Stemming the Flow of Teachers Leaving the Profession

There are clear positives from a teaching day, such as 1. everyday is different by the literal sense of the word, you just never know how it’s going to go, 2. Those 💡 light bulb 💡 moments when they just GET it! 3. Teenagers are hilarious. 4. The weekend feels well-earned! For most individuals, it is the sheer joy of supporting fantastic students – no one day is ever the same, loving your subject, and a sense of purpose. For some, it’s the enjoyment of finding new ways to teach things, such as teaching insect ventilation using a 6-foot model! [image] Many people who are not teachers just work. Teaching is a passion/hobby for some, living the actual teaching interaction part. We should all be thankful if it is a passion…it really is rare. There are not many other jobs where you can feel so stressed and overstretched whilst also feeling proud and inspired.

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Via David Chalk –

The role that senior leaders have on retaining and supporting teachers should not be understated, and most issues can be addressed with bravery and fortitude from those in charge on most issues. Here are 10 examples where school leaders can make a positive impact on the whole culture of the school, supporting teachers:

  1. Click image to view full size, and share 🙂

    sensible marking/feedback policies,

  2. support in regard to behaviour,
  3. meaningful CPD opportunities,
  4. supportive/developmental lesson obs,
  5. promotion of a work/life balance,
  6. streamlining administration tasks,
  7. creating an atmosphere where open and honest conversations are allowed to happen – listen and act upon what is said.
  8. promote a non-judgmental space,
  9. cut the crap 💩 -> Do a good job of supporting and developing staff, rather than collecting evidence for a file nobody will look at.
  10. go with what works, rather than what looks pretty.

It’s not rocket science, and the above list could easily become long and sound bitter, so praise and acknowledge. Show that you recognise the hard work, dedication and effort, even if all hasn’t gone to plan. Praising where you can means that teachers start to feel more valued, reassured, less stressed and demoralised.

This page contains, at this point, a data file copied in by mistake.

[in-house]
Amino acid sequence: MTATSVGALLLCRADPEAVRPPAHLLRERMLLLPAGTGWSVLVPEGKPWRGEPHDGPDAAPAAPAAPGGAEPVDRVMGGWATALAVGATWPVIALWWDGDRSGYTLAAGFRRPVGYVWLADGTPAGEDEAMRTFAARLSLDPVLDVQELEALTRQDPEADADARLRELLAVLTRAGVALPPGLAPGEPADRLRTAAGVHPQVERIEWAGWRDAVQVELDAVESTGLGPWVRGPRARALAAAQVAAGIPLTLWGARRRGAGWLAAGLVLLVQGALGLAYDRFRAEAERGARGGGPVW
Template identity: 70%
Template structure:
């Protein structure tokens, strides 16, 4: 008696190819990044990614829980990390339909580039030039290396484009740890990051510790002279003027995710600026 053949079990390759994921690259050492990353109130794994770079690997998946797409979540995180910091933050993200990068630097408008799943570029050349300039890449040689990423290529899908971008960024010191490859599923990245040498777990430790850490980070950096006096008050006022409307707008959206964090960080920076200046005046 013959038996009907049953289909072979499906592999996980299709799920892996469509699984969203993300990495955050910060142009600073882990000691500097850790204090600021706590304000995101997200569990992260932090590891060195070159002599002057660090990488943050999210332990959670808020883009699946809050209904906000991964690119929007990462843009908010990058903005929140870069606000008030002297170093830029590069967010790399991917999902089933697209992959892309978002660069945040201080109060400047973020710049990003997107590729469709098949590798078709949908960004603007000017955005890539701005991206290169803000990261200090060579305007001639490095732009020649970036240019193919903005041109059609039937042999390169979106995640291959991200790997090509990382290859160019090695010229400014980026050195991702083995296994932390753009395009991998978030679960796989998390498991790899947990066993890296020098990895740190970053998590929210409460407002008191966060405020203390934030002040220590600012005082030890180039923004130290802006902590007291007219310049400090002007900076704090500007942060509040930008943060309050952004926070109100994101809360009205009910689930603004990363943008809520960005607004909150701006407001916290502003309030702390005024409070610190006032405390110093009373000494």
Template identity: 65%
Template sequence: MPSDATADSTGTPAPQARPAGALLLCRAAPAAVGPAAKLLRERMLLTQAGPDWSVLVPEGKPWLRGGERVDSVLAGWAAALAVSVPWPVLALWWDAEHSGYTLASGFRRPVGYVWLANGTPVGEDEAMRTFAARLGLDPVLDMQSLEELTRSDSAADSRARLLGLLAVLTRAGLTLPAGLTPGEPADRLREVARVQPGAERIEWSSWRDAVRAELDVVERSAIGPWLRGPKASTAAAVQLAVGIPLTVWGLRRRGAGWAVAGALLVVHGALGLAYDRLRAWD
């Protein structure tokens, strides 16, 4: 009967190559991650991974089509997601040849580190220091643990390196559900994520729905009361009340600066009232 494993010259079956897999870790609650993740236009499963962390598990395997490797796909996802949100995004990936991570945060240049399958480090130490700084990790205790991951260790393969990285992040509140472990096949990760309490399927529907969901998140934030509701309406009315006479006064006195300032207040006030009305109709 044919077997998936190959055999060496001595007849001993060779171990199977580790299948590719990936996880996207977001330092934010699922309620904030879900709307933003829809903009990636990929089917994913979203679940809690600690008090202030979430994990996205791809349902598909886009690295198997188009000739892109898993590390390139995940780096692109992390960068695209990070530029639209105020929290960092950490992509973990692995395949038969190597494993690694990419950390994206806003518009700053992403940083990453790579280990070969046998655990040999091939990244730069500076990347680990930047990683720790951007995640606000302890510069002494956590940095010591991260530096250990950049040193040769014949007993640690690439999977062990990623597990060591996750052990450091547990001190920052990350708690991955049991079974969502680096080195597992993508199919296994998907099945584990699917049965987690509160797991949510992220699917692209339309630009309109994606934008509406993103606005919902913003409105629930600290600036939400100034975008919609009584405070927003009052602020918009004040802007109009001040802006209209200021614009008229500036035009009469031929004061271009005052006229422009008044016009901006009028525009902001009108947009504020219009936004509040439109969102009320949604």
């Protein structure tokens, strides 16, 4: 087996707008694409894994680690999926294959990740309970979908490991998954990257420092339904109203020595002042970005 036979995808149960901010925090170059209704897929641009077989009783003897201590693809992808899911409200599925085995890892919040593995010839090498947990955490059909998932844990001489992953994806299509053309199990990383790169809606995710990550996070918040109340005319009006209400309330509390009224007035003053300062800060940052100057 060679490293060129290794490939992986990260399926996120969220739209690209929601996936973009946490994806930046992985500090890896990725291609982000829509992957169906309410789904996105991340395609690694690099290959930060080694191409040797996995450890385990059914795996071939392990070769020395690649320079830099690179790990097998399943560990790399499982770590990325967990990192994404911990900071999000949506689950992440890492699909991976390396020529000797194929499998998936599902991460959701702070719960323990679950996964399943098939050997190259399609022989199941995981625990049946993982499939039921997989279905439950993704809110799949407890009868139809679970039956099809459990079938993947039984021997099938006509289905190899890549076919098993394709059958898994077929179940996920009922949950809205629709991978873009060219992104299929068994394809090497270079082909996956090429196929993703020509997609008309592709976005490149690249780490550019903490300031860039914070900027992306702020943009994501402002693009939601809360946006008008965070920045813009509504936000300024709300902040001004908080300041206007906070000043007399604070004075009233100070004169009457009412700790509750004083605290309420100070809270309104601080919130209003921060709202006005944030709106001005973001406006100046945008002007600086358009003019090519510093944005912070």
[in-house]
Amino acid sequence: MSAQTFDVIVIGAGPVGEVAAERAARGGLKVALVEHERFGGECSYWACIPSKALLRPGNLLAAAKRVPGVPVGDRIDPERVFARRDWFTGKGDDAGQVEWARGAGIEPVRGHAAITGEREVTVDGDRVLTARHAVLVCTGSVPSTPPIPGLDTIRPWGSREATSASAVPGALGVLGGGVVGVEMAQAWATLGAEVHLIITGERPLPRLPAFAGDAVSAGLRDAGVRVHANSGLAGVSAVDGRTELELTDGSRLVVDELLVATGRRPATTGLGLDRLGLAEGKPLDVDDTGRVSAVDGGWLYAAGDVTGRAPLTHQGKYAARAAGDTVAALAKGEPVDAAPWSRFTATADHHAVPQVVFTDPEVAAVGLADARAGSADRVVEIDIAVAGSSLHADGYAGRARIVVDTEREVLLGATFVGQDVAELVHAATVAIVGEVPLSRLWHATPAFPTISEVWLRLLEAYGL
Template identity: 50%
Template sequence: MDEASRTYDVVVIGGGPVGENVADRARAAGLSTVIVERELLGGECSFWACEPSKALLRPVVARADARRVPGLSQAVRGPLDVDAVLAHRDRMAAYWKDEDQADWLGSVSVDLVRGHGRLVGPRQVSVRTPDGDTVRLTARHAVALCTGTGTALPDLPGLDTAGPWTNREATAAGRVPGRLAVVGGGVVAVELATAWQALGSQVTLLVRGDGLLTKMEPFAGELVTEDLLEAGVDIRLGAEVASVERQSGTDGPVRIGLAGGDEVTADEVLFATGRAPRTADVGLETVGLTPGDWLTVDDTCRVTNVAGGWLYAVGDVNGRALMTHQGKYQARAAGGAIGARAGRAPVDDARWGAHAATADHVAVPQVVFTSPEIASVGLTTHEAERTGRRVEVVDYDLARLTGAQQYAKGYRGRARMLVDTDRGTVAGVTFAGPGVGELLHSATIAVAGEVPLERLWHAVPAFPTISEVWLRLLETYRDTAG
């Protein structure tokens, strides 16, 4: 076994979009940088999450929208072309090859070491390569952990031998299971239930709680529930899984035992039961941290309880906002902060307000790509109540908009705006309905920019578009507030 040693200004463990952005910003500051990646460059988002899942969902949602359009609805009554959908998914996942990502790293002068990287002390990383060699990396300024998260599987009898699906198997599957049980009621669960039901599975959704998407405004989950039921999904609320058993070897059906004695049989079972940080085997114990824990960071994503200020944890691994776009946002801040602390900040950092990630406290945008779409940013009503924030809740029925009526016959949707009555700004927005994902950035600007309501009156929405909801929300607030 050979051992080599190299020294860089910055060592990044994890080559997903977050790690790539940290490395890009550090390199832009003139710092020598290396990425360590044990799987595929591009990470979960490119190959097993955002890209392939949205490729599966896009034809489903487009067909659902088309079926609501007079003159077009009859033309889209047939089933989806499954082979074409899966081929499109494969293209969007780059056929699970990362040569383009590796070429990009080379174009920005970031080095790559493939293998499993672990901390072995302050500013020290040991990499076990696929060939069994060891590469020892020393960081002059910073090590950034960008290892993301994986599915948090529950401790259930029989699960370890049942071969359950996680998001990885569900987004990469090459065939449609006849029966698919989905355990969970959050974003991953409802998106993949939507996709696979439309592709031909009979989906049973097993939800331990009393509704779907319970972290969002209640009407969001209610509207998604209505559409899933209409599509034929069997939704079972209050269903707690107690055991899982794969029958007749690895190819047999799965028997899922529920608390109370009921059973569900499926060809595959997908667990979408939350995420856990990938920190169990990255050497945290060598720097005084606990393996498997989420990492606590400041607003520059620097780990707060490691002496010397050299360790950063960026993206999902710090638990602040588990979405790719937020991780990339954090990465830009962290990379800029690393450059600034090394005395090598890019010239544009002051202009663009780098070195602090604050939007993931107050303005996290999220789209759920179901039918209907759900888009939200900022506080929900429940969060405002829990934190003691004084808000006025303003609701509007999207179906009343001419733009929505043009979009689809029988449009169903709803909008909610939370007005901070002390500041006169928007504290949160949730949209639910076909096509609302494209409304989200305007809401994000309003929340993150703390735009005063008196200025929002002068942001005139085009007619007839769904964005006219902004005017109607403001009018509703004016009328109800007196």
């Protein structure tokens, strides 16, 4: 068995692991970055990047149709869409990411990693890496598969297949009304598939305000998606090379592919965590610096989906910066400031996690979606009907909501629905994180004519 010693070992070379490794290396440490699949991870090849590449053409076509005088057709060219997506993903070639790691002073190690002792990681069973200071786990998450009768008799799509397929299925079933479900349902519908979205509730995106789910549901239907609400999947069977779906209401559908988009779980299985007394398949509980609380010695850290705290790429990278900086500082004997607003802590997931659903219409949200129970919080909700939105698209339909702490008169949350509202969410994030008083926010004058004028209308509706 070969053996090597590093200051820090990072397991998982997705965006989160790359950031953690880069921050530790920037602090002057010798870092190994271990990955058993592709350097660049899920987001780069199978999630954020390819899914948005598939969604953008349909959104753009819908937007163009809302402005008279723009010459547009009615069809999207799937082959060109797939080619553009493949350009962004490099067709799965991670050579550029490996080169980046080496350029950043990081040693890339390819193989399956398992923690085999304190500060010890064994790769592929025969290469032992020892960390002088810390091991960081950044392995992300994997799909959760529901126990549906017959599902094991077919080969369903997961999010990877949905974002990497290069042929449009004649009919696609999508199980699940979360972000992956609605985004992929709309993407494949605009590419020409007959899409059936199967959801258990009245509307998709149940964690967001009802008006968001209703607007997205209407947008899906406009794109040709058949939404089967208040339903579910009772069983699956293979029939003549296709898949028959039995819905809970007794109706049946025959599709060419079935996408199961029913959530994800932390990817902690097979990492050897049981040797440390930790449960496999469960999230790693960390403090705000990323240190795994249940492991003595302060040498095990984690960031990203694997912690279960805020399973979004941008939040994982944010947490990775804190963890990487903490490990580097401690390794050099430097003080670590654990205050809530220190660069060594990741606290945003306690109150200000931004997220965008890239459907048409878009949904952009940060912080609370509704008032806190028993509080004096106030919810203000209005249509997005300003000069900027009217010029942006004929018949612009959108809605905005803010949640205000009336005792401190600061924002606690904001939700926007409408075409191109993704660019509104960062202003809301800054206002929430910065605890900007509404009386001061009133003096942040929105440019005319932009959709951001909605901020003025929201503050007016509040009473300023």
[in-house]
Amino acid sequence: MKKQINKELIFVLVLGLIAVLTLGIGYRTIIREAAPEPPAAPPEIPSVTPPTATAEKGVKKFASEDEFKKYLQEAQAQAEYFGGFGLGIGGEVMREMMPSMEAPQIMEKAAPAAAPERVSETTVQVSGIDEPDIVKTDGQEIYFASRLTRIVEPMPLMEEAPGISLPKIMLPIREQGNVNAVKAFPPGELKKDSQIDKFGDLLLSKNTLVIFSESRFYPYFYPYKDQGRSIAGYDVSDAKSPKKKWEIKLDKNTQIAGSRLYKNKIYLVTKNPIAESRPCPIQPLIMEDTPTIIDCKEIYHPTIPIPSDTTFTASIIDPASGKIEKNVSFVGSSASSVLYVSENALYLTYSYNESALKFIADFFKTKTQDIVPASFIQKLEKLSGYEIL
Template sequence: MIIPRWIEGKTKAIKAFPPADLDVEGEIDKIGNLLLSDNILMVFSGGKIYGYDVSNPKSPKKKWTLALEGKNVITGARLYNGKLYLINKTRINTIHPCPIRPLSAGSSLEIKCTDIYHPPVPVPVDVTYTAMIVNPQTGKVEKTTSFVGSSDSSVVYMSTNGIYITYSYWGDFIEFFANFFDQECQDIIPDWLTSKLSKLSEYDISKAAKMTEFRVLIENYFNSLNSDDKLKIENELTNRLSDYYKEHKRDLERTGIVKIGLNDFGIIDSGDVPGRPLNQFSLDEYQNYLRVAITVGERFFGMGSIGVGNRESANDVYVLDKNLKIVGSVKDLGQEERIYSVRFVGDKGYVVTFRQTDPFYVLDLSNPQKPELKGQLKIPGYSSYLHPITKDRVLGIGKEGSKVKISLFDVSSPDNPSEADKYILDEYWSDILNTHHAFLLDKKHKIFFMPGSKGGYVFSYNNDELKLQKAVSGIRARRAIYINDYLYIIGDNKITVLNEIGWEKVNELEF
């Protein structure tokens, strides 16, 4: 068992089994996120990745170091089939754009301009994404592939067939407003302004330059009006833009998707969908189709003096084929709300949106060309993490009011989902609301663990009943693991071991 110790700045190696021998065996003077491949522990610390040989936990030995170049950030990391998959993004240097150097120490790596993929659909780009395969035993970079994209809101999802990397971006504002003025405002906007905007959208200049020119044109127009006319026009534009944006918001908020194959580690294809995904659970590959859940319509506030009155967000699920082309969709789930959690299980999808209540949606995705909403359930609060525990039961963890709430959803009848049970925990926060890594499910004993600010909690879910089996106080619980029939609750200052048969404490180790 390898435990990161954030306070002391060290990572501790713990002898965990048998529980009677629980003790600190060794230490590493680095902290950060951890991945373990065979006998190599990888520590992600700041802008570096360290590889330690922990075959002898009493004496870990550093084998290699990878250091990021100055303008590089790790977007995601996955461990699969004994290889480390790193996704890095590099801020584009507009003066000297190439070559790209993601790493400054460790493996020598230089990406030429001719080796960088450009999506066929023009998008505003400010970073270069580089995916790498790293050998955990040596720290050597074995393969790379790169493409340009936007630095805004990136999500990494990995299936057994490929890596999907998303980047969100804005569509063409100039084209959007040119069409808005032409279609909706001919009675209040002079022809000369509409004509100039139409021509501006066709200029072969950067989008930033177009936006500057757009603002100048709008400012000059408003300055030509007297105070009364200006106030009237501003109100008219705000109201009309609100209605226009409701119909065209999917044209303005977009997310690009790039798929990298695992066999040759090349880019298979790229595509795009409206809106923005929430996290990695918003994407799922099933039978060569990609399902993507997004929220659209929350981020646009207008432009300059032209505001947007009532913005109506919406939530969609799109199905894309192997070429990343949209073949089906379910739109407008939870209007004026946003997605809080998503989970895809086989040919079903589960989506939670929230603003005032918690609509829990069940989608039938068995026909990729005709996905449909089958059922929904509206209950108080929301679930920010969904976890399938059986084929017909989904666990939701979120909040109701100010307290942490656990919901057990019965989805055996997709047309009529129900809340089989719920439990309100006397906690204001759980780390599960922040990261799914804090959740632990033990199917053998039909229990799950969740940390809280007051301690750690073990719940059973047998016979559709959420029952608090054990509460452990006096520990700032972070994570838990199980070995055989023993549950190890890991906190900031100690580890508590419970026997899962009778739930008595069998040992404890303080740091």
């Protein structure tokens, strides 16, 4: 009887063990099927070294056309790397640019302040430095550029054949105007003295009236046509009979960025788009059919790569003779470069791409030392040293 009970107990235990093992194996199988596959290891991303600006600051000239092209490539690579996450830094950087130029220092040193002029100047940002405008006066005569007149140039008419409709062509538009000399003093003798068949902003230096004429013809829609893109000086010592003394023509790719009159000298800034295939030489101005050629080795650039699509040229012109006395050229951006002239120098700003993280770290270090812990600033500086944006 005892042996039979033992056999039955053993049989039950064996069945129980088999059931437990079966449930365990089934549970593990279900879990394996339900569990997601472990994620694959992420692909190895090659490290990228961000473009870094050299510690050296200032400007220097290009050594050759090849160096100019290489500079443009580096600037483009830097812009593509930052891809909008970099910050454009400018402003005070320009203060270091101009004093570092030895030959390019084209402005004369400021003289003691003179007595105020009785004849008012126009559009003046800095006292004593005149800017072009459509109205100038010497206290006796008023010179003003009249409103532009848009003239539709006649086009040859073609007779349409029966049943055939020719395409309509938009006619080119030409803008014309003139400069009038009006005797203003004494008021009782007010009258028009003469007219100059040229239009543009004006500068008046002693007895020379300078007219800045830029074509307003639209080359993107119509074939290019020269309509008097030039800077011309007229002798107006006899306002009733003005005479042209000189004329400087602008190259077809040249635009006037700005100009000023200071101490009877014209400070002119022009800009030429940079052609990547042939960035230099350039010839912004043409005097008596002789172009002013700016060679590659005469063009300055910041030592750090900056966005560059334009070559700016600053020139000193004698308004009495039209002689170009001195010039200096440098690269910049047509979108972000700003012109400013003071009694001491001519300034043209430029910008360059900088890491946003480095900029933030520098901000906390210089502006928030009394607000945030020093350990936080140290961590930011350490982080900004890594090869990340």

However, teachers also have a role to play in creating a positive school culture, even if the workload, internal politics, and balance of life appears uneven. If one teacher moans first about a change often teachers become lemming-like and follow the negativity. If we can have a more optimistic outlook and all get on-board there could be a seismic shift. This positivity filters down to kids as well. Build relationships with the people who matter. Teaching was never meant to be a do-it-yourself job.

Culture needs to be set and cultivated by leaders then lived by staff – this doesn’t mean you shouldn’t try – you may help one person or more but generally, culture grows over time through vision, leadership and actions. Rise above what you can. Support your ‘coal-face’ colleagues.

Empathise with leadership, but speak honestly about appropriate strategies. It’s an employees market so you can afford to say “No. But what about…” Better outcomes all around if people can be frank. Share ideas, promote Twitter as a tool, treat all with respect, praise often, say thank you often – greet everyone!

Individual teachers also have a responsibility to themselves, and cultivating your own attitude can sometimes be tough when faced with many negative challenges in the day. Support each other, challenge politely in meetings new initiatives that have an impact on workload, look after yourself first. Be informed around practice, looking at what other schools are doing well, what organisations/professional bodies recommend and what research shows. Use that information to present counterpoints if you are given tasks that add to workload/stress for very little gain. Other people’s ideas don’t always work for you but they might be a good starting point and be aware of what others are doing but don’t compare yourself endlessly to impossible ideals. Share resources. Chat with others about your feelings, anonymously if necessary. Ask for help when you need it!

Every teacher has influence through their example. Smile, be positive, support others & be professional. It rubs off on others & = culture. Try to develop your perspective. Try to look outside of main vision. Sounds weird but every morning look to the side and see lovely views and take note. There is a world beyond the road ahead so just look sideways in a while.

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About @ICTmagic 780 Articles
Martin Burrett is the editor of our popular UKEdMagazine, along with curating resources in the ICTMagic section, and free resources for teachers on UKEd.Directory

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